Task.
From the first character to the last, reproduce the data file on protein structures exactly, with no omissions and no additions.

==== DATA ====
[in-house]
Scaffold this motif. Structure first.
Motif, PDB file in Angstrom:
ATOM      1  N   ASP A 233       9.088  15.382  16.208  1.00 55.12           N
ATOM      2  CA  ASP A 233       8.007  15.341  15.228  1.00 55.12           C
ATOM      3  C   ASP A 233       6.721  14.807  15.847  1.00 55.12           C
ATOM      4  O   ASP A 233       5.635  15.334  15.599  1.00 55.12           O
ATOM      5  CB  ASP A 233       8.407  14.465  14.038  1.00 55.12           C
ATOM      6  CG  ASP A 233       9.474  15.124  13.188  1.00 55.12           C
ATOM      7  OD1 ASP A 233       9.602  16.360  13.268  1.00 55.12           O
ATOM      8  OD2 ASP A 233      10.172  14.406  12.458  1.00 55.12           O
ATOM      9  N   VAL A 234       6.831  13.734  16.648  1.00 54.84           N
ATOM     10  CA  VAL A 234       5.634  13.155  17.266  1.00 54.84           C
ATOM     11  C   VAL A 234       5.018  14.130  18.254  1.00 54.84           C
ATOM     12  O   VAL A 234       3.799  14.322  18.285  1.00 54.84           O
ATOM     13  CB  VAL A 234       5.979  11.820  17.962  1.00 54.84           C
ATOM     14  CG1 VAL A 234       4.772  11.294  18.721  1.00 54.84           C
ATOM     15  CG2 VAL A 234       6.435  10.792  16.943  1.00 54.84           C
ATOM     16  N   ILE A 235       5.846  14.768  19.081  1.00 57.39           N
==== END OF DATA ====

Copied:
[in-house]
Scaffold this motif. Structure first.
Motif, PDB file in Angstrom:
ATOM      1  N   ASP A 233       9.088  15.382  16.208  1.00 55.12           N
ATOM      2  CA  ASP A 233       8.007  15.341  15.228  1.00 55.12           C
ATOM      3  C   ASP A 233       6.721  14.807  15.847  1.00 55.12           C
ATOM      4  O   ASP A 233       5.635  15.334  15.599  1.00 55.12           O
ATOM      5  CB  ASP A 233       8.407  14.465  14.038  1.00 55.12           C
ATOM      6  CG  ASP A 233       9.474  15.124  13.188  1.00 55.12           C
ATOM      7  OD1 ASP A 233       9.602  16.360  13.268  1.00 55.12           O
ATOM      8  OD2 ASP A 233      10.172  14.406  12.458  1.00 55.12           O
ATOM      9  N   VAL A 234       6.831  13.734  16.648  1.00 54.84           N
ATOM     10  CA  VAL A 234       5.634  13.155  17.266  1.00 54.84           C
ATOM     11  C   VAL A 234       5.018  14.130  18.254  1.00 54.84           C
ATOM     12  O   VAL A 234       3.799  14.322  18.285  1.00 54.84           O
ATOM     13  CB  VAL A 234       5.979  11.820  17.962  1.00 54.84           C
ATOM     14  CG1 VAL A 234       4.772  11.294  18.721  1.00 54.84           C
ATOM     15  CG2 VAL A 234       6.435  10.792  16.943  1.00 54.84           C
ATOM     16  N   ILE A 235       5.846  14.768  19.081  1.00 57.39           N